A case of quasi-science

In a world in which a vast amount of biological research is being carried out a great deal of vapid projects will be funded, too. One such as had been a study at Cambridge University using the DNA data of 800,000 people. How much are genes involved when you lose your virginity, or how many children you have?

Because some — but surely not scientists — believe that these depend purely on how you were brought up in the family or due to peer pressure, then this seemed to be sufficient justification for yet another piece of research.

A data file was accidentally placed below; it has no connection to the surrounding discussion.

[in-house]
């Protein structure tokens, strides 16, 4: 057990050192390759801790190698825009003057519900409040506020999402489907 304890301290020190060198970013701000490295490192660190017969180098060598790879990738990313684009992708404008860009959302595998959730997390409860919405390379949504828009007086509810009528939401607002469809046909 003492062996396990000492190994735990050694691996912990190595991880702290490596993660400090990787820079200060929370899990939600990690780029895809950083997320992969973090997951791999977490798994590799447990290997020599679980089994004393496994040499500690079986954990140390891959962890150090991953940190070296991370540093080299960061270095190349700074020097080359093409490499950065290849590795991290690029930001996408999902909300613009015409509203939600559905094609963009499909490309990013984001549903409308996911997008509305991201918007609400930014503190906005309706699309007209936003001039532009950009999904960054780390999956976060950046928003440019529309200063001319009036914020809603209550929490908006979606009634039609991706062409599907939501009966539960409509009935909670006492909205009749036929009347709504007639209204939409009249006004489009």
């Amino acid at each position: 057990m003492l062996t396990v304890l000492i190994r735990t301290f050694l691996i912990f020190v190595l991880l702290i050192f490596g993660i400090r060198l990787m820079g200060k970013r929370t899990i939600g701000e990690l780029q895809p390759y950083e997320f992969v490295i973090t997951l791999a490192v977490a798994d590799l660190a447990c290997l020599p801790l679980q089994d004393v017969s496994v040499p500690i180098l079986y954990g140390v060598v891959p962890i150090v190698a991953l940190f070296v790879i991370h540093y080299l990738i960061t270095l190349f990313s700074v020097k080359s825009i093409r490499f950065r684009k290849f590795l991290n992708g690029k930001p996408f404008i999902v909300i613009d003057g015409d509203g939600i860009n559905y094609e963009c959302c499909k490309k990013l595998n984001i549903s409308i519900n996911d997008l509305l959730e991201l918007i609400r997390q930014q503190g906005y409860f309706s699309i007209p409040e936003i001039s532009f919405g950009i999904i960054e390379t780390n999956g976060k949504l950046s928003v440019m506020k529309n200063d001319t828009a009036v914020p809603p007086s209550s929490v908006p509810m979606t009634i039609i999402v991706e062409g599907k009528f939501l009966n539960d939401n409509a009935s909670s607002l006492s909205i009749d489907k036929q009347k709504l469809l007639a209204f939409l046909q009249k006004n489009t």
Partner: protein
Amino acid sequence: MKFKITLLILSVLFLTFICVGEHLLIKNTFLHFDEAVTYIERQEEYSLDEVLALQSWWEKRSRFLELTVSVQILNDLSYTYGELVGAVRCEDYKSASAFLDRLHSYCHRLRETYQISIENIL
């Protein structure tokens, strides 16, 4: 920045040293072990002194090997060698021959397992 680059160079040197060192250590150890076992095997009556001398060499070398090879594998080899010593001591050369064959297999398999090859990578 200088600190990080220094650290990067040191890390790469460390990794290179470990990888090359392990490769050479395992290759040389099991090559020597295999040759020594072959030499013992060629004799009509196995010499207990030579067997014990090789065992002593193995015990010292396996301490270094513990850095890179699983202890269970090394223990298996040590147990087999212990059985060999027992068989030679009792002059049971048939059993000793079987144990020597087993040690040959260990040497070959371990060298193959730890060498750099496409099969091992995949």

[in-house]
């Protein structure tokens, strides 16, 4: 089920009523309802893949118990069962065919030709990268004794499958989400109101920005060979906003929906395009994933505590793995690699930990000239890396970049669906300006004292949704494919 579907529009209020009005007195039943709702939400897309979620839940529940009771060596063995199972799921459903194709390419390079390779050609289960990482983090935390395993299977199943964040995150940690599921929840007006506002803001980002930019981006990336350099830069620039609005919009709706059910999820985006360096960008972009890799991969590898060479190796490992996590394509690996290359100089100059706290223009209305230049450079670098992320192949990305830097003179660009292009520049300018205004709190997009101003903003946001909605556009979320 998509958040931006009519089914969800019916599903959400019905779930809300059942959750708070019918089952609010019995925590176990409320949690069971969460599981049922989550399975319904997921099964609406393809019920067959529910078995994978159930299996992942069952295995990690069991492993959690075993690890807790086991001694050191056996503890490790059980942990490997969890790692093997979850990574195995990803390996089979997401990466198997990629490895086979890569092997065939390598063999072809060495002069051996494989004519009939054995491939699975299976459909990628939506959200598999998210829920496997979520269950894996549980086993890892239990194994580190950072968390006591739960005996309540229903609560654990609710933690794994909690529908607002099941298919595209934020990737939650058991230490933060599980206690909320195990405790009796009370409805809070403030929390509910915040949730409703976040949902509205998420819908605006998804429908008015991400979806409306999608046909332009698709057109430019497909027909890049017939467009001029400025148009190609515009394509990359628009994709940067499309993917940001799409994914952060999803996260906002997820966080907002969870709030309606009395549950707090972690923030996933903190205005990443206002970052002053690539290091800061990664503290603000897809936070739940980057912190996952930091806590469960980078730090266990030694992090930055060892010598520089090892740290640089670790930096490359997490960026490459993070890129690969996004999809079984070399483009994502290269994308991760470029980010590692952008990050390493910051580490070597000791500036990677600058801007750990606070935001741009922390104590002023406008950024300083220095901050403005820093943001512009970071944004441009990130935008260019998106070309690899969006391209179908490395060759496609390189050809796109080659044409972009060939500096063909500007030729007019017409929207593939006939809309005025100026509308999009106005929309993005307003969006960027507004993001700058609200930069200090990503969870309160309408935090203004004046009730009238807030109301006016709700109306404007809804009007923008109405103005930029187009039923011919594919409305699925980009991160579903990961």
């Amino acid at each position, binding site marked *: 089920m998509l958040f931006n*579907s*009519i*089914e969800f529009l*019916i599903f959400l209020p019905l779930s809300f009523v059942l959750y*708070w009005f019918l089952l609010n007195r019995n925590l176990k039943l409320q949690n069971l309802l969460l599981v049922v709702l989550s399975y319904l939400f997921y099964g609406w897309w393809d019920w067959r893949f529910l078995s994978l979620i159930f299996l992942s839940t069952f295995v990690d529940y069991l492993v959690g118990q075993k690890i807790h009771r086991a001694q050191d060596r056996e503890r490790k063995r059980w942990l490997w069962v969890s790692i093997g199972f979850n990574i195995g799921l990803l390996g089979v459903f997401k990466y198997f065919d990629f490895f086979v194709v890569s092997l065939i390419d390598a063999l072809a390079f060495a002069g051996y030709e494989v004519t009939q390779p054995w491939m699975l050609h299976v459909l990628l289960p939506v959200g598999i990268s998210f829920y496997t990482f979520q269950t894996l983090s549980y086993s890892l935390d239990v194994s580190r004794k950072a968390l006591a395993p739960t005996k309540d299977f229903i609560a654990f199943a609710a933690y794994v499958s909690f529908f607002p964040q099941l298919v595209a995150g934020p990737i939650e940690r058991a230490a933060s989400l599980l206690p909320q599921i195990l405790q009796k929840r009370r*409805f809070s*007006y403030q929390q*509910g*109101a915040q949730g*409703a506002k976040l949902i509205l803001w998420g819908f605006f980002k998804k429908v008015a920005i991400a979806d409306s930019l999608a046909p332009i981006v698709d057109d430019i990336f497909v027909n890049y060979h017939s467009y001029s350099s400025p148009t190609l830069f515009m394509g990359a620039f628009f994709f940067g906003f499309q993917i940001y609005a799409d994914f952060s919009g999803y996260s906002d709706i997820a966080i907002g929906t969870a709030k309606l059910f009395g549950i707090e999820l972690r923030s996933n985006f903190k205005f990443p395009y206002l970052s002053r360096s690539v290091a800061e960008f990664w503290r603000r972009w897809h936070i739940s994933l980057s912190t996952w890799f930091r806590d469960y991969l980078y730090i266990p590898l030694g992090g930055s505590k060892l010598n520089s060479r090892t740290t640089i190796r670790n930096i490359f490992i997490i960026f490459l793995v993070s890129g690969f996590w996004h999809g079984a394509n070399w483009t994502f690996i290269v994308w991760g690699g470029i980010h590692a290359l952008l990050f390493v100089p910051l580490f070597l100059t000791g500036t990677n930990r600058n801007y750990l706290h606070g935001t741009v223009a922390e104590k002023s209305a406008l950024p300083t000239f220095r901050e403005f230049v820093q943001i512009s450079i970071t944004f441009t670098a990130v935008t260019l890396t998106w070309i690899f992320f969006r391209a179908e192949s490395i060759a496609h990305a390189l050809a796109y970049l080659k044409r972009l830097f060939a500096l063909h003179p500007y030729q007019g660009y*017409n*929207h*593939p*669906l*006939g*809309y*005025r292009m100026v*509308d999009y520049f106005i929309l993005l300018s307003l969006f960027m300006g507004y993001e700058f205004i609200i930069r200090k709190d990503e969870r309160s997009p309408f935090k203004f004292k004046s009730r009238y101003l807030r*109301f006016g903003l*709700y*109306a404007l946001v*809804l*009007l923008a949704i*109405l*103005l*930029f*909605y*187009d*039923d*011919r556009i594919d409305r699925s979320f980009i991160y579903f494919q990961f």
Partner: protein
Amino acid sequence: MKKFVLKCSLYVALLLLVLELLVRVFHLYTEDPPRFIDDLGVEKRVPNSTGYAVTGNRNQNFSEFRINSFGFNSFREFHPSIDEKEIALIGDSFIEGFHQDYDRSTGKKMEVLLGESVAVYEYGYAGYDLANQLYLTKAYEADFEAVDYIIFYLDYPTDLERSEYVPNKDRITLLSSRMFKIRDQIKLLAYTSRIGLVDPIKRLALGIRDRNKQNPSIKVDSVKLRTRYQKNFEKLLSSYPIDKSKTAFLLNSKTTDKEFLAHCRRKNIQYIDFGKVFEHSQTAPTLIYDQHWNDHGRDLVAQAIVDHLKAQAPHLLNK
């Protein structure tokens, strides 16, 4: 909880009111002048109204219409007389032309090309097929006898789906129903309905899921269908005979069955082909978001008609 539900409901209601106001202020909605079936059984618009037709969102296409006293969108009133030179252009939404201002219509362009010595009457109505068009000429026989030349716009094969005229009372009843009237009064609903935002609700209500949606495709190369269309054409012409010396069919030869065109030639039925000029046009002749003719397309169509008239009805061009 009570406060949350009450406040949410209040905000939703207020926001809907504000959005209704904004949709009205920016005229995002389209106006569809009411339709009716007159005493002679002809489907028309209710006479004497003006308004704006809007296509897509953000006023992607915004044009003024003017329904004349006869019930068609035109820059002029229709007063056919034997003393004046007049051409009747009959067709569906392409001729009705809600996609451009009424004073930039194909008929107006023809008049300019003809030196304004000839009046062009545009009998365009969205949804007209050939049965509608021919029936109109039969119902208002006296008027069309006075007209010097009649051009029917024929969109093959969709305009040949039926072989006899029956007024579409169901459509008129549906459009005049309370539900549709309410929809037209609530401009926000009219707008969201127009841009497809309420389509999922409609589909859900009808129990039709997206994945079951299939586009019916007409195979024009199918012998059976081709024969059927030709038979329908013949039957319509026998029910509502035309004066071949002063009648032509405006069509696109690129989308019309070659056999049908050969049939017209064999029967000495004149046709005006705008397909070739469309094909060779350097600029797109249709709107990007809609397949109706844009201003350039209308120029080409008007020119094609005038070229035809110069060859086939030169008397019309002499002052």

The so-called result — according to the project — was that 25% of sexual and fertility choice is determined by genes and 75% to family upbringing. Apart from confirming what has been obvious to many for a long time and thus not discovering anything new at all, just what do those precise percentages mean?

What if they’d turned out to be 90% and 10%, or 10% and 90% respectively. What difference would they have made? The percentages actually don’t mean anything diagnostically. They mean nothing. It would be cruel to say that it’s pseudo-science but it’s certainly quasi-science and funding would have been better invested elsewhere.

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